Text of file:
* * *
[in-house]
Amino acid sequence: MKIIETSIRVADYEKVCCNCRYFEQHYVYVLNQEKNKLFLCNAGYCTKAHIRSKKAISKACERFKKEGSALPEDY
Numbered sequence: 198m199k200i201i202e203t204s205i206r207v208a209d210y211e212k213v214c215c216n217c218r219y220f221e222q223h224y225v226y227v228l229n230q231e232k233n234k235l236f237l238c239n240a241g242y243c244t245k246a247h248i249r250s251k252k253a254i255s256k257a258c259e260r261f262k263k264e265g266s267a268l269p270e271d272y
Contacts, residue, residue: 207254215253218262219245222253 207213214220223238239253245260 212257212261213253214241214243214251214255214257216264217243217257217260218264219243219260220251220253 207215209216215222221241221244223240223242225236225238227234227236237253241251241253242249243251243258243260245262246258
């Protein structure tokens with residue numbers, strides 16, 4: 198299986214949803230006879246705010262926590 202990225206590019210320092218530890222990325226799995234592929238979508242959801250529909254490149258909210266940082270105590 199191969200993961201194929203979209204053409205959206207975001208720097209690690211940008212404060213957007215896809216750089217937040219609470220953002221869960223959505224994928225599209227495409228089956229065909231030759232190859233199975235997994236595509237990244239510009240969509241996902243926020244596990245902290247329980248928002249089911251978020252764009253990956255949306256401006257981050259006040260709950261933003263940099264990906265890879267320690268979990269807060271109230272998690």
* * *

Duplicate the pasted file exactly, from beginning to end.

[in-house]
Amino acid sequence: MKIIETSIRVADYEKVCCNCRYFEQHYVYVLNQEKNKLFLCNAGYCTKAHIRSKKAISKACERFKKEGSALPEDY
Numbered sequence: 198m199k200i201i202e203t204s205i206r207v208a209d210y211e212k213v214c215c216n217c218r219y220f221e222q223h224y225v226y227v228l229n230q231e232k233n234k235l236f237l238c239n240a241g242y243c244t245k246a247h248i249r250s251k252k253a254i255s256k257a258c259e260r261f262k263k264e265g266s267a268l269p270e271d272y
Contacts, residue, residue: 207254215253218262219245222253 207213214220223238239253245260 212257212261213253214241214243214251214255214257216264217243217257217260218264219243219260220251220253 207215209216215222221241221244223240223242225236225238227234227236237253241251241253242249243251243258243260245262246258
């Protein structure tokens with residue numbers, strides 16, 4: 198299986214949803230006879246705010262926590 202990225206590019210320092218530890222990325226799995234592929238979508242959801250529909254490149258909210266940082270105590 199191969200993961201194929203979209204053409205959206207975001208720097209690690211940008212404060213957007215896809216750089217937040219609470220953002221869960223959505224994928225599209227495409228089956229065909231030759232190859233199975235997994236595509237990244239510009240969509241996902243926020244596990245902290247329980248928002249089911251978020252764009253990956255949306256401006257981050259006040260709950261933003263940099264990906265890879267320690268979990269807060271109230272998690």